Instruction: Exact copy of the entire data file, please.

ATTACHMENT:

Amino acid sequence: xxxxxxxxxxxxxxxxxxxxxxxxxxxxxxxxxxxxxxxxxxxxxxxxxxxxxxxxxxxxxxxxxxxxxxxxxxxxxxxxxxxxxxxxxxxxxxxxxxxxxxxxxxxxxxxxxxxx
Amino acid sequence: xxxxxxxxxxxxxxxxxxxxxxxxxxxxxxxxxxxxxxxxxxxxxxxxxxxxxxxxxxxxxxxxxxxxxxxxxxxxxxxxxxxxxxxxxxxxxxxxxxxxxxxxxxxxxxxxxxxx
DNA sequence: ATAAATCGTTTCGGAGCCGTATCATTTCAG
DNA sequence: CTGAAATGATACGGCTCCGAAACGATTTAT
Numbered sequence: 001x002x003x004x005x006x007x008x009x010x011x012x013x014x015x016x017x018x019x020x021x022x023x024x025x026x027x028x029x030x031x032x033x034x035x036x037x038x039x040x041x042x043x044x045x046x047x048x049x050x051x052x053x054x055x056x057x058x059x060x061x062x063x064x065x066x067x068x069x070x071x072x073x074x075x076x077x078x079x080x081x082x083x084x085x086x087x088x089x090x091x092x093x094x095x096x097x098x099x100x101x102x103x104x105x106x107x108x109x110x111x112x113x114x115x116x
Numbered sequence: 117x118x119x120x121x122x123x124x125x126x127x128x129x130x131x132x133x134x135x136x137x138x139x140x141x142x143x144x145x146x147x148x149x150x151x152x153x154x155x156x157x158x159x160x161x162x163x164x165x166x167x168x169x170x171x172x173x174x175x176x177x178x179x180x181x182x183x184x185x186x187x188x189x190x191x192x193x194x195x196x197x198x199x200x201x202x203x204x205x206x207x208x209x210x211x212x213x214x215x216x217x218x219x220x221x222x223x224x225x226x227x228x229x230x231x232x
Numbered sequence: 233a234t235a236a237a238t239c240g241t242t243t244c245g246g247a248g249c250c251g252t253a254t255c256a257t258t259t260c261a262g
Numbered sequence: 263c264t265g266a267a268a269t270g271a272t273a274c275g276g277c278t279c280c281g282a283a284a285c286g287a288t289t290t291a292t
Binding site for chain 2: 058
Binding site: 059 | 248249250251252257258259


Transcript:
Amino acid sequence: xxxxxxxxxxxxxxxxxxxxxxxxxxxxxxxxxxxxxxxxxxxxxxxxxxxxxxxxxxxxxxxxxxxxxxxxxxxxxxxxxxxxxxxxxxxxxxxxxxxxxxxxxxxxxxxxxxxx
Amino acid sequence: xxxxxxxxxxxxxxxxxxxxxxxxxxxxxxxxxxxxxxxxxxxxxxxxxxxxxxxxxxxxxxxxxxxxxxxxxxxxxxxxxxxxxxxxxxxxxxxxxxxxxxxxxxxxxxxxxxxx
DNA sequence: ATAAATCGTTTCGGAGCCGTATCATTTCAG
DNA sequence: CTGAAATGATACGGCTCCGAAACGATTTAT
Numbered sequence: 001x002x003x004x005x006x007x008x009x010x011x012x013x014x015x016x017x018x019x020x021x022x023x024x025x026x027x028x029x030x031x032x033x034x035x036x037x038x039x040x041x042x043x044x045x046x047x048x049x050x051x052x053x054x055x056x057x058x059x060x061x062x063x064x065x066x067x068x069x070x071x072x073x074x075x076x077x078x079x080x081x082x083x084x085x086x087x088x089x090x091x092x093x094x095x096x097x098x099x100x101x102x103x104x105x106x107x108x109x110x111x112x113x114x115x116x
Numbered sequence: 117x118x119x120x121x122x123x124x125x126x127x128x129x130x131x132x133x134x135x136x137x138x139x140x141x142x143x144x145x146x147x148x149x150x151x152x153x154x155x156x157x158x159x160x161x162x163x164x165x166x167x168x169x170x171x172x173x174x175x176x177x178x179x180x181x182x183x184x185x186x187x188x189x190x191x192x193x194x195x196x197x198x199x200x201x202x203x204x205x206x207x208x209x210x211x212x213x214x215x216x217x218x219x220x221x222x223x224x225x226x227x228x229x230x231x232x
Numbered sequence: 233a234t235a236a237a238t239c240g241t242t243t244c245g246g247a248g249c250c251g252t253a254t255c256a257t258t259t260c261a262g
Numbered sequence: 263c264t265g266a267a268a269t270g271a272t273a274c275g276g277c278t279c280c281g282a283a284a285c286g287a288t289t290t291a292t
Binding site for chain 2: 058
Binding site: 059 | 248249250251252257258259